Upwards glancing close up of front of Peveril Hotel on Douglas harbour front. Camera tracks down and left to G.D. and a group of motorcycle clubmen, all dressed in suits or jackets and ties, standing around chatting. Shot moves left again to an old style Bedford bus waiting for the group. Close up of bus front, bonnet and logo. The group climb aboard. Shot of bus pulling away and logo of Scotts tours clearly visible. This is the beginning of a tour of the 37 mile TT road race circuit with rudimentary technical explanation and terminology at specified stopping points to highlight notable stages throughout the course.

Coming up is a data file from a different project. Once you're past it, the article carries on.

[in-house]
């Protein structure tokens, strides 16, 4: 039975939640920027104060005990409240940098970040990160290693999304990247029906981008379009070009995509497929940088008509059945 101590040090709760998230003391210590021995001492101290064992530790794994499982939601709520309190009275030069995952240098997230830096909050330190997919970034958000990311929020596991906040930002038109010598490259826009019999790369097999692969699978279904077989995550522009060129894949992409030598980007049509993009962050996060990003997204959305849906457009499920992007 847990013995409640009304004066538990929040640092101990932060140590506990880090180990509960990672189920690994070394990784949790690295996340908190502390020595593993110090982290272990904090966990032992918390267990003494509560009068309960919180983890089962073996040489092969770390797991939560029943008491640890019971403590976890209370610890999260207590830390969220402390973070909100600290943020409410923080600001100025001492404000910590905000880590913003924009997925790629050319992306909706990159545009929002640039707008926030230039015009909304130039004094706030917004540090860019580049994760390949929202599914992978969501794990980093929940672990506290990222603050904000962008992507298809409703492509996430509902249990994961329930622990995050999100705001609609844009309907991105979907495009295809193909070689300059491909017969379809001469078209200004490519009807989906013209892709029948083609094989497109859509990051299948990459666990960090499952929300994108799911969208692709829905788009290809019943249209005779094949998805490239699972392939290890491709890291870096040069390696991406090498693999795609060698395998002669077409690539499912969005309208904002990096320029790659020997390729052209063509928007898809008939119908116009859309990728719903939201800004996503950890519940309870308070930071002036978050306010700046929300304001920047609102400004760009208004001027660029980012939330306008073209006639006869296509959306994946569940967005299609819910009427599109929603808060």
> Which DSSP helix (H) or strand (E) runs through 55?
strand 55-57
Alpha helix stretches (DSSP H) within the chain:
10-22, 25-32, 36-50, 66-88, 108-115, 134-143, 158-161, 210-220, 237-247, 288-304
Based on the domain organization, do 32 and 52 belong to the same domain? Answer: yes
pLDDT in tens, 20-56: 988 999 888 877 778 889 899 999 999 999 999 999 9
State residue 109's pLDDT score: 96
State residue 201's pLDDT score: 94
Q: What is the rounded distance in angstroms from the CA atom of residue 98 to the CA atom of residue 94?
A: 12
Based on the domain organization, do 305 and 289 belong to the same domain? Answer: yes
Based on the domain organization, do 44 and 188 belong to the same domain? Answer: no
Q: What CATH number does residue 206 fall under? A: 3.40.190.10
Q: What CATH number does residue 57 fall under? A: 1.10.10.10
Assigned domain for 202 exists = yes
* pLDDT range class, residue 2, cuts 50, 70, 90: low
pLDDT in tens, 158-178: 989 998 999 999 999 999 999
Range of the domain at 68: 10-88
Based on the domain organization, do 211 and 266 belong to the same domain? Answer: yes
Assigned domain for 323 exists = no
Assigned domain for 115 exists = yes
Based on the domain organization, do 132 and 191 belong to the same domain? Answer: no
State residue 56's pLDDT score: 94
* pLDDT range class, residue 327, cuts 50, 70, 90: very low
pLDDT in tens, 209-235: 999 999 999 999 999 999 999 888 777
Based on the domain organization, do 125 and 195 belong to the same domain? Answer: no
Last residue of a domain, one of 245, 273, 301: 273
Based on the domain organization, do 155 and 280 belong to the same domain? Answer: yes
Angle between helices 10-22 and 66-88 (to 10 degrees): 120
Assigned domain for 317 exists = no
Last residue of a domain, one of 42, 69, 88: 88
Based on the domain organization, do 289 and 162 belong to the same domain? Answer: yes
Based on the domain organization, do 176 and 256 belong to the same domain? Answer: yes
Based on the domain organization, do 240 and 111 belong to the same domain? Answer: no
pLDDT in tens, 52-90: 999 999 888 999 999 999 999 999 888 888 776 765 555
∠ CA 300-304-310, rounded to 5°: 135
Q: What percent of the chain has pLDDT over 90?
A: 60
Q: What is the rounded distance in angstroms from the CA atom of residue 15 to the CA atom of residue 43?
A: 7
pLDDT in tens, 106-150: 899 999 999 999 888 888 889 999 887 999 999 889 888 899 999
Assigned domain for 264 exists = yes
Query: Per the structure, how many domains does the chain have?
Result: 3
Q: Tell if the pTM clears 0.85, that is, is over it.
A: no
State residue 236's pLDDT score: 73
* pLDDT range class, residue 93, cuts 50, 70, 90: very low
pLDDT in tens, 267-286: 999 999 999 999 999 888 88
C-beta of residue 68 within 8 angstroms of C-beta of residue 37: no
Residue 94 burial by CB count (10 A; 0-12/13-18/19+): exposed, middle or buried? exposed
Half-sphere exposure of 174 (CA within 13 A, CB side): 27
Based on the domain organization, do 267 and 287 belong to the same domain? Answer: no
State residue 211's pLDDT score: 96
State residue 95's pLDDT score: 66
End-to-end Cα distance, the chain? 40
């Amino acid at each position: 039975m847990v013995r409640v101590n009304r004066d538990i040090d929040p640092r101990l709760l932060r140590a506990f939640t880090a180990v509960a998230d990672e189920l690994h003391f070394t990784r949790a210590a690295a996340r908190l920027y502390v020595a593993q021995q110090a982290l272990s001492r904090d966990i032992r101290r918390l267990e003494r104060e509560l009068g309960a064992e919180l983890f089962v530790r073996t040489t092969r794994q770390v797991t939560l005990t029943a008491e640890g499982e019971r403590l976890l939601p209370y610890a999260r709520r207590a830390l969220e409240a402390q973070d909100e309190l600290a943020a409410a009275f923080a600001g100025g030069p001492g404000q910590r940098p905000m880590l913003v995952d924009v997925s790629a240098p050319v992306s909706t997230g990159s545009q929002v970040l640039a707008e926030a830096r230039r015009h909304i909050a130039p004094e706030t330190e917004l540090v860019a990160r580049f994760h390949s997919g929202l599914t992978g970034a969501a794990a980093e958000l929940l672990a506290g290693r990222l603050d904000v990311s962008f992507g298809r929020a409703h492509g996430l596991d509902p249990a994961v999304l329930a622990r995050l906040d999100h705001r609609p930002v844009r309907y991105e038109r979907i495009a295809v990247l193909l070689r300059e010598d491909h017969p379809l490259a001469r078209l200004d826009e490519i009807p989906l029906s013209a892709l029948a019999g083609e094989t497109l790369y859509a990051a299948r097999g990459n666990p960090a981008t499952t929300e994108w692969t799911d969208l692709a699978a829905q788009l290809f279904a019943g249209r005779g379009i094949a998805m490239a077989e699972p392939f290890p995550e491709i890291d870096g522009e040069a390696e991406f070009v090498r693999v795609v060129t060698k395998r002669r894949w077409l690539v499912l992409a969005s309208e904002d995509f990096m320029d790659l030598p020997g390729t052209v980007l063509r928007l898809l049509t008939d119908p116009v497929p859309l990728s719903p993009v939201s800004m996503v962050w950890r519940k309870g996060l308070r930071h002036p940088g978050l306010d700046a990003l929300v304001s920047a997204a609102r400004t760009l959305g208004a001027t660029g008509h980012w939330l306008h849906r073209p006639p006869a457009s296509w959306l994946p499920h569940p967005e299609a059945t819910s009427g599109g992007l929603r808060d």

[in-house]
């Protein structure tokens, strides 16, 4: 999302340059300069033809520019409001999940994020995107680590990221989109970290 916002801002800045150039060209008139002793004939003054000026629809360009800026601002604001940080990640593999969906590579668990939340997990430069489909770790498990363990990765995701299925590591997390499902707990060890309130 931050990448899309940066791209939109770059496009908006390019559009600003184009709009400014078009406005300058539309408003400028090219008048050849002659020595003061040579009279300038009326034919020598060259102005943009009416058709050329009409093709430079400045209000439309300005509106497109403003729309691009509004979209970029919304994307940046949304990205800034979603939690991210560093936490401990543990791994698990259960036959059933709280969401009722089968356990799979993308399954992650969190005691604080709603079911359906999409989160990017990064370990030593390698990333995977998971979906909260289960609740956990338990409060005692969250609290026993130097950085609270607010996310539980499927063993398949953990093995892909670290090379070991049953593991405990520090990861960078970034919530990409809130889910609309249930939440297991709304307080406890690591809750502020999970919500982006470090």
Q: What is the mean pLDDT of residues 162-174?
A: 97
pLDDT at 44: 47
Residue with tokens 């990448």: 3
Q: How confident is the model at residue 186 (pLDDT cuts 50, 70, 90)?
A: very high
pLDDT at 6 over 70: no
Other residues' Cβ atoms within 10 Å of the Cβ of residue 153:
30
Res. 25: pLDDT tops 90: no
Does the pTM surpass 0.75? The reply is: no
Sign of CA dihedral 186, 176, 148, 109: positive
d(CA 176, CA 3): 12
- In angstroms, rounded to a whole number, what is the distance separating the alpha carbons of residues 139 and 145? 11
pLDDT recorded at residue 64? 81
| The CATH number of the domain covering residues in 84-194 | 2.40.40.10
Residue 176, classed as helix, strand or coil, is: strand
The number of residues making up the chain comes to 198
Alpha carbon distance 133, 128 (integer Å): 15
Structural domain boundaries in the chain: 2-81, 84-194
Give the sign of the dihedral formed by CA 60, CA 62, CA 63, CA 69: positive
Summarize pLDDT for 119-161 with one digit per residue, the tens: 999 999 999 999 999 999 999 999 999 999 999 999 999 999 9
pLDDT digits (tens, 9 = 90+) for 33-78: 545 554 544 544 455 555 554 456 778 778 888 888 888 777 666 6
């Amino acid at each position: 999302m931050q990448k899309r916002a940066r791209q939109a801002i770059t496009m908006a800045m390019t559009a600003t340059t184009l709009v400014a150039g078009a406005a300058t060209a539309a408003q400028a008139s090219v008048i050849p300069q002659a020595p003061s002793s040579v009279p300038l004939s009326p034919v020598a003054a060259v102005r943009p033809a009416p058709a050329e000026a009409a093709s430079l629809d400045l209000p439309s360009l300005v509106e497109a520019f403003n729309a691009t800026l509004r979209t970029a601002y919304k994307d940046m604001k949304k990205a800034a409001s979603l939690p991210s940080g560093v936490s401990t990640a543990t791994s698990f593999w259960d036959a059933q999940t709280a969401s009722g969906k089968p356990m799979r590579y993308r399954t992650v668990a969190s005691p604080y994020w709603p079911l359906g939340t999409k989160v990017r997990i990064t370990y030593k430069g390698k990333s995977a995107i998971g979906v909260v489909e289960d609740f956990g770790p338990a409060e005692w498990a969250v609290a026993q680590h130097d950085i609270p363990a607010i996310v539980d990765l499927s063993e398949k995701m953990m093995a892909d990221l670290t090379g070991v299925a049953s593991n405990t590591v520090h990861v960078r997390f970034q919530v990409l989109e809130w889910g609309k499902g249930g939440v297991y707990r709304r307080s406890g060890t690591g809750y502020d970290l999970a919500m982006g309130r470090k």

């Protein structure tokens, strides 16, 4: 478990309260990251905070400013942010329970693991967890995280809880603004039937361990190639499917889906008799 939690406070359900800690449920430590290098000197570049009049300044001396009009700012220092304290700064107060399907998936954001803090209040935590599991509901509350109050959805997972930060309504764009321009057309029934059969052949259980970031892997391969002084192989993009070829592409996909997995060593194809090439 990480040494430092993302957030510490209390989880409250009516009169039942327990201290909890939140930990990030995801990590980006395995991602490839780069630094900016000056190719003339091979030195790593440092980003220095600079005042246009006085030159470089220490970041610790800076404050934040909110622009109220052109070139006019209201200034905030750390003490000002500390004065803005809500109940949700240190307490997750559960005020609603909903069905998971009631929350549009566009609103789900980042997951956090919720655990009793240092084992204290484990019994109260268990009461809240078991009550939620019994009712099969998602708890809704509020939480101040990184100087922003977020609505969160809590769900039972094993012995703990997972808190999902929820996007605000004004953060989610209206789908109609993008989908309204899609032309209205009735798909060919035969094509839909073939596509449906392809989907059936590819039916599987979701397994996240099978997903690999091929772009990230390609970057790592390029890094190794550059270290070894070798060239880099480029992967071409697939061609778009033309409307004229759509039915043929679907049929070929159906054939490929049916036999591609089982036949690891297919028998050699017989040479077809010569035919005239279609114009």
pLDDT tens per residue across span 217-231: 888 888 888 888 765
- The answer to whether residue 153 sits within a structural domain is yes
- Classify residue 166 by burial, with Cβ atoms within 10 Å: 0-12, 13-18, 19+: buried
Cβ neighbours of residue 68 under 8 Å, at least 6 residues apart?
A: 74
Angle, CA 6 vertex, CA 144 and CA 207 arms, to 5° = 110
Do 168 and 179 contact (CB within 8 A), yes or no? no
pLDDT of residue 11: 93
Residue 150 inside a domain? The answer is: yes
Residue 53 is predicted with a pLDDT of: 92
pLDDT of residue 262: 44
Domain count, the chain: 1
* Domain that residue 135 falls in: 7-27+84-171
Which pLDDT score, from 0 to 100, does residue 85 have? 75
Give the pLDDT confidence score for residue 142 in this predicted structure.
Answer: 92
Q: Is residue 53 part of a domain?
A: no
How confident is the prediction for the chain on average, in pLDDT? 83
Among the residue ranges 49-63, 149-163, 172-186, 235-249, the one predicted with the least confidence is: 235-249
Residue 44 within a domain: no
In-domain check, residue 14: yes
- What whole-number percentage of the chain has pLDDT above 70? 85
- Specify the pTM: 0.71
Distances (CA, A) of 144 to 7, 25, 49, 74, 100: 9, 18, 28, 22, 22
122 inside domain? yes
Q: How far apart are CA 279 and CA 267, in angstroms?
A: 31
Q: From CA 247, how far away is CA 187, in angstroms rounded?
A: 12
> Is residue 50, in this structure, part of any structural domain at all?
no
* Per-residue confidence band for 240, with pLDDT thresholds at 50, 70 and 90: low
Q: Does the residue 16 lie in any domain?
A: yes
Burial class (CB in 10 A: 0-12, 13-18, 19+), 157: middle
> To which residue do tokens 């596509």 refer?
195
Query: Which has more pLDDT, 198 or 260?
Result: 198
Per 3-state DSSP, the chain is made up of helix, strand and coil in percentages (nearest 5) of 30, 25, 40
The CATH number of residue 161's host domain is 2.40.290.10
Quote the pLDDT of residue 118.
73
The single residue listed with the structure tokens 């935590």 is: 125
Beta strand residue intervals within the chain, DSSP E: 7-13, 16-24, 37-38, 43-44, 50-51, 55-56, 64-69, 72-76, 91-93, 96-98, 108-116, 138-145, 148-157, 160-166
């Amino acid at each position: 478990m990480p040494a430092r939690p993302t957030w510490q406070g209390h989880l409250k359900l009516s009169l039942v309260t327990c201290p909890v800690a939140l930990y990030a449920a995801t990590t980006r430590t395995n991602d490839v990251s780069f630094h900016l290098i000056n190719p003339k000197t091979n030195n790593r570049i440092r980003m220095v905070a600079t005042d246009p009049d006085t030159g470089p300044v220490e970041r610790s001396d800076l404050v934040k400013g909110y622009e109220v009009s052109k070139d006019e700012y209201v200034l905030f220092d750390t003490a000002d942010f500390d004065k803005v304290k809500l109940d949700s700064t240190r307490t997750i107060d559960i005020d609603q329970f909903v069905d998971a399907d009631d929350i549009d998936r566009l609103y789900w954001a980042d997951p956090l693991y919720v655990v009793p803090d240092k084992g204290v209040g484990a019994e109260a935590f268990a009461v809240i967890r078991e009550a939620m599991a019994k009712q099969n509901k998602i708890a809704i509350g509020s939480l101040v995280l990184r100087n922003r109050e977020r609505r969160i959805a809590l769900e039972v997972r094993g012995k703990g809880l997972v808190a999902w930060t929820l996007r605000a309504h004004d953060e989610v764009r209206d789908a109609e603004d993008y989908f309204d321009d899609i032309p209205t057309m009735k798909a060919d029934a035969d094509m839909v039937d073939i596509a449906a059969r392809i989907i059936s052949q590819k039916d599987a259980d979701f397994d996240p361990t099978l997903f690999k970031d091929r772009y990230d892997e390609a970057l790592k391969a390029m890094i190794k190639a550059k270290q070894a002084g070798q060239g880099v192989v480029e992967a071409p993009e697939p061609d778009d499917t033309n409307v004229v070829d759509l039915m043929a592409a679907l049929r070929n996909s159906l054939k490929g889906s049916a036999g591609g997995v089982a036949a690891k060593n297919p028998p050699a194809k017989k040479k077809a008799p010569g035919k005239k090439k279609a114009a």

Panoramic long shot of the crescent shaped bay front and promenade as the bus leaves Douglas. Merging shot to close up of bus gently climbing a slight incline and coming to a halt to the left of the camera. Close up of the group getting off the bus to have a look at and discuss 'Braddan Bridge'. Close up of G.D. talking to the clubmen and gesturing with his hands by way of explanation of how to best approach this early stage of the course. Technical terms of left and right handers, peeling away and rpm are discussed as are throttle control, lane positioning and leaning. (This is the same format during the film, only varying for each differing obstacle arrived at. G.D. continually narrates from a separate script throughout). Racking shot, left to right of group walking over 'Braddan Bridge', with G.D. looking back along road and indicating certain aspects of the approach, entry, apex and exit positions required to negotiate the road safely and at high speed.